The Dunkard Creek Watershed drains 234.65 square miles in Greene County, Pennsylvania and Monongalia County, West Virginia. The Chapter 93 Water Use Protection Category for Dunkard Creek is Warm Water Fishes. The purpose of this study is to look at several issues and concerns that the public has brought to our attention via public meetings concerning the watershed. Once these issues are identified, recommended policies and actions will be undertaken to conserve, restore and/or enhance the river resources and values. This process will ultimately include Dunkard Creek on the Pennsylvania Rivers Conservation Registry. The purpose of the Rivers Conservation Registry is to promote the conservation of rivers and river values, officially recognize community plans for conserving rivers and river values, and facilitate consistent state action with local river conservation plans.
This study was funded through the Keystone Recreation, Park and Conservation Fund Act, Act 50 of July 2, 1993, P.L. 359 authorized by the Department of Environmental Protection (DEP). Procedures for implementation of the legislatively authorized grants program as well as the parameters for a rivers conservation planning process and a rivers conservation registry including technical assistance have been developed by the department and incorporated into an initiative referred to as the Pennsylvania Rivers Conservation Program.
The planning process for this watershed study was organized in a nine-step sequence for carrying out planning activities that are required to secure registry status. The first step was to conduct informational public meetings. Several meetings were held at various locations within the watershed. It was from these meetings that we got a list of issues and concerns from the public.
The second step was to identify and collect resource data from the watershed. The purpose of this step is to identify and inventory the physical, natural, institutional and cultural resources that are located within the watershed that are directly related to the problems and concerns. Various individuals from federal, state, and local government as well as private citizens were split into three committees, the Physical Resources Committee, the Natural Resources Committee, and the Cultural Resources Committee.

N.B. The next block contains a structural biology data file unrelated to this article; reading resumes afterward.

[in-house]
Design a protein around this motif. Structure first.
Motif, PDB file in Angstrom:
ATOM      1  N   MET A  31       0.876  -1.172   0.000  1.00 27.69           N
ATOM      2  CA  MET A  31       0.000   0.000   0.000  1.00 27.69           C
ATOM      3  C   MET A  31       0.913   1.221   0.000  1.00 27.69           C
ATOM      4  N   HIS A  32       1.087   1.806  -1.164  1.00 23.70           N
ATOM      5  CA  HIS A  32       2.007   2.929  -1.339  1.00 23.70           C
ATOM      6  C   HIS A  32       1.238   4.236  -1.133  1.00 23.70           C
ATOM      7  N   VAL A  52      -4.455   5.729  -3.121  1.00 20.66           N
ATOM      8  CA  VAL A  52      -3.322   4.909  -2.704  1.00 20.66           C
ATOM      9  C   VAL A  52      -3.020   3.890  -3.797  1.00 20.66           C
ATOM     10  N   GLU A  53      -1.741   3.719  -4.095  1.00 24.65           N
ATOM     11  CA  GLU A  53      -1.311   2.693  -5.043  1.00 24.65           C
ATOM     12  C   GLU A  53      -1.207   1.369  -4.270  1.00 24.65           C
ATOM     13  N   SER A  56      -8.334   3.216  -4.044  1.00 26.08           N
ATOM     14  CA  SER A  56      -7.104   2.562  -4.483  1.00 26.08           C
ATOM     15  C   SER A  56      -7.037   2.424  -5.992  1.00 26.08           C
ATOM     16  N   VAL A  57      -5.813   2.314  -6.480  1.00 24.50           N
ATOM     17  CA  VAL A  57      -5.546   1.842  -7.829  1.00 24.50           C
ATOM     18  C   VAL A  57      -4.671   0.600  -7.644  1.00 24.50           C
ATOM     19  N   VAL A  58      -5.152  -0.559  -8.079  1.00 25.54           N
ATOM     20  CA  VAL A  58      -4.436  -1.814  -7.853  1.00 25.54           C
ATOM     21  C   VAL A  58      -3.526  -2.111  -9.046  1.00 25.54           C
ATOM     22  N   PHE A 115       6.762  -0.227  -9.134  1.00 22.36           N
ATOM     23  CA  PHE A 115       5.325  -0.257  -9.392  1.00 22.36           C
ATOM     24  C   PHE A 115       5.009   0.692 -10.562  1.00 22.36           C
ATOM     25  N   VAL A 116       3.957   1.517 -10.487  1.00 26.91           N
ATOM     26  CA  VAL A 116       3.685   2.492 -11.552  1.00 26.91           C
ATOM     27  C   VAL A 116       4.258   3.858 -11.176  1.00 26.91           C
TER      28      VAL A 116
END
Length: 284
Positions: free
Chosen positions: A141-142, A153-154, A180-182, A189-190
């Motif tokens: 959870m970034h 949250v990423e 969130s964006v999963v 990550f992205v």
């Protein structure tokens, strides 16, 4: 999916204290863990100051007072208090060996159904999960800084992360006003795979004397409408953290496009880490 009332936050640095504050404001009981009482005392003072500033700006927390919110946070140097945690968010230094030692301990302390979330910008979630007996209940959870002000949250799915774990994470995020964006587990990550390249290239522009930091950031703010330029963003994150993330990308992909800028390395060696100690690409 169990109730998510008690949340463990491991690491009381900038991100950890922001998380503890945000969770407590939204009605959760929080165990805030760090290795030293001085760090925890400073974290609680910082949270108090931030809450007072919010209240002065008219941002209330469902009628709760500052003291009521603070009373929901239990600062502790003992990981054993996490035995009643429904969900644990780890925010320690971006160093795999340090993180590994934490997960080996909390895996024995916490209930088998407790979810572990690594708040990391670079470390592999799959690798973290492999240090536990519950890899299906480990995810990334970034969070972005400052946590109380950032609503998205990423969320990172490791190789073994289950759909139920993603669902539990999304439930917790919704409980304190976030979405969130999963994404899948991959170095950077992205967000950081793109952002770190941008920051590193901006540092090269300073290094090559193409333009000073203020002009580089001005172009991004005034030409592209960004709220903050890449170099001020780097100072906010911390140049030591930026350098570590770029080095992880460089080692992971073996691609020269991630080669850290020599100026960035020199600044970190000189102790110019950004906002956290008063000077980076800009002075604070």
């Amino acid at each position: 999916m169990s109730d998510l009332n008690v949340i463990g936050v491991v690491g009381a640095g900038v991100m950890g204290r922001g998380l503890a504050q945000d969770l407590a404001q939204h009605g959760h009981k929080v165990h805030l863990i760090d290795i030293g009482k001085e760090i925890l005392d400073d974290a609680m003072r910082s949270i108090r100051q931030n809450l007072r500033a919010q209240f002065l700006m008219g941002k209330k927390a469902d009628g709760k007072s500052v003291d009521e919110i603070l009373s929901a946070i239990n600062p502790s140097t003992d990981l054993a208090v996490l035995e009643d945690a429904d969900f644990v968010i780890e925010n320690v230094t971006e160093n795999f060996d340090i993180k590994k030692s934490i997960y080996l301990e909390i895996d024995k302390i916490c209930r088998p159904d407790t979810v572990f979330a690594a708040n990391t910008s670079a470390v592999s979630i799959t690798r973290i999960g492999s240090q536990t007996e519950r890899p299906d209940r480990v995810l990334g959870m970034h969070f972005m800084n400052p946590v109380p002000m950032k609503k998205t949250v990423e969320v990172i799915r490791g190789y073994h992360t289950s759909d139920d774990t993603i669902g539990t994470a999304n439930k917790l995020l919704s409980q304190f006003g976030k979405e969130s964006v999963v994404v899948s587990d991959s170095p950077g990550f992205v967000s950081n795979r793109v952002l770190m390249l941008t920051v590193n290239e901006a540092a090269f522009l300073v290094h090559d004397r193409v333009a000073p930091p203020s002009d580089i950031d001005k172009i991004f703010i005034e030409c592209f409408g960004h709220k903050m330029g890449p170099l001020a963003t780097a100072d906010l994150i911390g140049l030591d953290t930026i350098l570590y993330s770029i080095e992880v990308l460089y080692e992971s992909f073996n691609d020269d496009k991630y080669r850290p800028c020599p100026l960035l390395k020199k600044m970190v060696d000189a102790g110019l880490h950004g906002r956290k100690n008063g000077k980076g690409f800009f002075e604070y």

Step three involved the analysis and evaluation of resource data as it relates to issues and concerns identified in the planning process. The fourth step was to prepare a preliminary findings report and management options plan. The preliminary findings report and management options plan was presented to the public at workshops for their review and comment.
Step number five was to prepare and present a draft Rivers Conservation Plan. This contained the preliminary findings report, modified and revised to reflect the recommendations and comments received at the previous workshops. This draft plan was also presented at workshops to gain support from the public and affected municipalities. Step six was to finalize the River Conservation Plan.
Step seven will be to present the final River Conservation Plan at a public hearing in at least one of the affected municipalities. Step eight will be to submit the final Rivers Conservation Plan and transcript of the public hearing to affected municipalities for supporting resolutions. The ninth and final step will be to submit the River Conservation Plan to DEP for approval and for inclusion in the Pennsylvania Rivers Conservation Registry.
W. Steven Hegedis, an Erosion and Sedimentation Control Technician working with the Greene County Conservation District coordinated this watershed study. Special recognition is due to the following individuals who are members of the steering committee:
Susan Funka-Petery, Supervisor District Conservationist, PA NRCS
Dan Rush, District Manager, Greene County Conservation District
Joel Folman, Mining Inspector, PA DEP
Vince Yantko, Water Quality Specialist, PA DEP
Tim Hamilton, Mining Inspector, PA DEP
Maggie Hall, PA DEP Bureau of District Mining Operations
Dan Seibert, PA NRCS, Somerset Office
Isaac Wolford, District Conservationist, WV NRCS
Pat Bowen, WV NRCS
Valerie Cole, Greene County Planning Commission Director
Peggy Pings, WVU, Department of Forestry
Andrew Price, President, Dunkard Creek Watershed Association
Kevin Mountz, WCO, PA Game Commission
Russ Connelly, Waynesburg College Contact
Summary of Data Collected
Various governmental agencies collected data on the Dunkard Creek watershed for this study. This data can be sorted into the following categories:
1. Land Resources - Topography, land use, soil characteristics, ownership, critical areas and hazard areas.
2. Water Resources - Major tributaries, wetlands, floodplain, water quality and water supply.
3. Biological Resources - Wildlife, vegetation and PNDI species
4. Cultural Resources - Recreation, archaeological and historical.
Top Issues of Concern
Public participation and assistance is an essential aspect of rivers conservation planning. At the beginning of this study, public meetings were held at various locations within the watershed. The purpose of these meetings was to gain public input concerning the watershed. A survey was distributed at these meetings. The survey asked the public to list the top five issues they would like to see addressed by this study. They were also asked to rank these issues from 1 to 5, 1 being most important and 5 being less important. Figure 1 shows the top issues listed by the degree of interest.
Other issues that are lower in priority include: poor fishing, bi-state coordination, low water problems, improve boating access, natural debris backs up water at bridges, and natural gas leaks.